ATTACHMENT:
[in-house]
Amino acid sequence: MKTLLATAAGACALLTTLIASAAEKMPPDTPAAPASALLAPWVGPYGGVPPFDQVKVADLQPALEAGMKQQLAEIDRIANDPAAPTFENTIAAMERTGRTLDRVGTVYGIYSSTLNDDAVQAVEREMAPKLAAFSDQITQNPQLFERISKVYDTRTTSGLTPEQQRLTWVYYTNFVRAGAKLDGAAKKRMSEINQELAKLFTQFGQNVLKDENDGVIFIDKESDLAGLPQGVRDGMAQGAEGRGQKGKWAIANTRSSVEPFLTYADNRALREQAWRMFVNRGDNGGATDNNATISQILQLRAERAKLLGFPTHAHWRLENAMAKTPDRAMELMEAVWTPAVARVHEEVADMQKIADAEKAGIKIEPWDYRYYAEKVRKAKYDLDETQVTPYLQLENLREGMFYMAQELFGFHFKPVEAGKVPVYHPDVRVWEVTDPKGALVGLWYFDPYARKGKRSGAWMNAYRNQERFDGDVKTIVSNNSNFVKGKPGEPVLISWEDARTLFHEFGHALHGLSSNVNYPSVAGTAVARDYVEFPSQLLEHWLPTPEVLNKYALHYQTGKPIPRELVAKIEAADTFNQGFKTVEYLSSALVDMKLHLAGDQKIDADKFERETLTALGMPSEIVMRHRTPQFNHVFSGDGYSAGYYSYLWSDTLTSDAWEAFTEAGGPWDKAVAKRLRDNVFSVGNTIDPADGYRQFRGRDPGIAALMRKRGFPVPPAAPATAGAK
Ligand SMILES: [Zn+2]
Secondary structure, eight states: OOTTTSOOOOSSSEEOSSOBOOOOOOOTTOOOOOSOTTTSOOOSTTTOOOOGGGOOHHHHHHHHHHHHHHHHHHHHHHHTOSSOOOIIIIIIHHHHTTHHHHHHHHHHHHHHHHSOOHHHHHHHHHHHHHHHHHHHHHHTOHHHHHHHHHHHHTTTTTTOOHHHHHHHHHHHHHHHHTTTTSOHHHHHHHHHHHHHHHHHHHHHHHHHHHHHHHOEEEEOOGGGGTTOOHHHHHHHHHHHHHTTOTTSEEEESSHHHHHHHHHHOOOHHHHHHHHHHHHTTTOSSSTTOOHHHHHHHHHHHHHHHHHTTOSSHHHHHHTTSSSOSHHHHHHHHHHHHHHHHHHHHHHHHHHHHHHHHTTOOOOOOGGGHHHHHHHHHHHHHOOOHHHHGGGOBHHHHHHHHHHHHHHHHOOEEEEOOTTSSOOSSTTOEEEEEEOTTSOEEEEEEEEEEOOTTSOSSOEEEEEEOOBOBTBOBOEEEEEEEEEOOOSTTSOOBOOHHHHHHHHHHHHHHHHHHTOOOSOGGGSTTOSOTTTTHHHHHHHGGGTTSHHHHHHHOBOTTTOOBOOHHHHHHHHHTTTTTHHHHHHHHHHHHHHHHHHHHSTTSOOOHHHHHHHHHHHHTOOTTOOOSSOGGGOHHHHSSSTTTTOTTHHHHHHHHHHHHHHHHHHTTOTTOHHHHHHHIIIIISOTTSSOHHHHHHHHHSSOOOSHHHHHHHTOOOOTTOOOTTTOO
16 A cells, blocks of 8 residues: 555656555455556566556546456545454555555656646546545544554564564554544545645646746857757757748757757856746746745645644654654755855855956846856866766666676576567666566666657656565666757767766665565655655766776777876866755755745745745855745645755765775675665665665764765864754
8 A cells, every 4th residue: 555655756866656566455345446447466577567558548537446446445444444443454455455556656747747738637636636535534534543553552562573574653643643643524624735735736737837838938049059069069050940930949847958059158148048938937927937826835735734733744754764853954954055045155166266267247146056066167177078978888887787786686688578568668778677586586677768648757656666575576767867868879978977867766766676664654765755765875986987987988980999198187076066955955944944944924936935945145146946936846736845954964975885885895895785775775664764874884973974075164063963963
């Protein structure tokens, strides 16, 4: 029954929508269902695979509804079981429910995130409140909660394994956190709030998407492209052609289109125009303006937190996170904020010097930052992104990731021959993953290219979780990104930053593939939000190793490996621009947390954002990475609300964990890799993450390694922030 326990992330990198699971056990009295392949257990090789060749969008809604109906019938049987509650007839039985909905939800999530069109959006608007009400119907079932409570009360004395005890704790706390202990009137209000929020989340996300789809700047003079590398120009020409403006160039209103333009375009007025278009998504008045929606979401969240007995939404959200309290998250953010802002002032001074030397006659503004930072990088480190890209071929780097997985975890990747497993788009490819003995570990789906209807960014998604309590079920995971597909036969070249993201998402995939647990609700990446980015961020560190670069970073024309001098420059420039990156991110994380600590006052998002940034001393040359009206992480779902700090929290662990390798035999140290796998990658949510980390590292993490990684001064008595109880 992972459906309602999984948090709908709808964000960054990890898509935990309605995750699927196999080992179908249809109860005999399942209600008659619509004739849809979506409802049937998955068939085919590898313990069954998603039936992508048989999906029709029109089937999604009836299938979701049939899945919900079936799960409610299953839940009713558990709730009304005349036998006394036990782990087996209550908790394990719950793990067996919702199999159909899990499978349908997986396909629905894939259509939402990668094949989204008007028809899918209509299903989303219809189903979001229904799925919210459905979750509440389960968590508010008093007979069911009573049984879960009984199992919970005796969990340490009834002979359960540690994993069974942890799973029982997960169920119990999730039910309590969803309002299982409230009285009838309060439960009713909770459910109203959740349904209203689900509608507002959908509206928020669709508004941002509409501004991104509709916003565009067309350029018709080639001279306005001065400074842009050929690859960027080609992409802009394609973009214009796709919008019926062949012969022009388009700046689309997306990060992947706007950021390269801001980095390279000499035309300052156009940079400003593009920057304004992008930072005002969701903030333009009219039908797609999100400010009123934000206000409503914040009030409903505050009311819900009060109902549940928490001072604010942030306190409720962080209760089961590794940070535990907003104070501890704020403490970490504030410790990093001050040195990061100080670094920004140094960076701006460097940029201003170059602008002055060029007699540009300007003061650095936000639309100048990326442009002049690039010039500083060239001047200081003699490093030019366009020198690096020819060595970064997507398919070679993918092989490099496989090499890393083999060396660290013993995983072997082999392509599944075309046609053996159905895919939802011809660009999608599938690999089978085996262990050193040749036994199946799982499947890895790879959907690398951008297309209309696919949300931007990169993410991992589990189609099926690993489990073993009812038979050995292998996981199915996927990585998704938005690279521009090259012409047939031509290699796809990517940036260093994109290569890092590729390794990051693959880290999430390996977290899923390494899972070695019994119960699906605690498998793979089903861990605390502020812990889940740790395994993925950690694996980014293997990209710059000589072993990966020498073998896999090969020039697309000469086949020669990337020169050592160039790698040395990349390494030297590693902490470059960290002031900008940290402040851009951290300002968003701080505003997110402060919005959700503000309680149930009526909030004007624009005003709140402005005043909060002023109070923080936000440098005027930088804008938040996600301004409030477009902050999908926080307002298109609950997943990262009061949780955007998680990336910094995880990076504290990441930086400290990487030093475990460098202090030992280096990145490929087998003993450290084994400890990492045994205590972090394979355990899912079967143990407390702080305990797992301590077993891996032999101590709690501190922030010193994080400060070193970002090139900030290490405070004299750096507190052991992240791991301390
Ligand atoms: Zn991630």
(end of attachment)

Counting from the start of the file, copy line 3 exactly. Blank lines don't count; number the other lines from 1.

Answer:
Ligand SMILES: [Zn+2]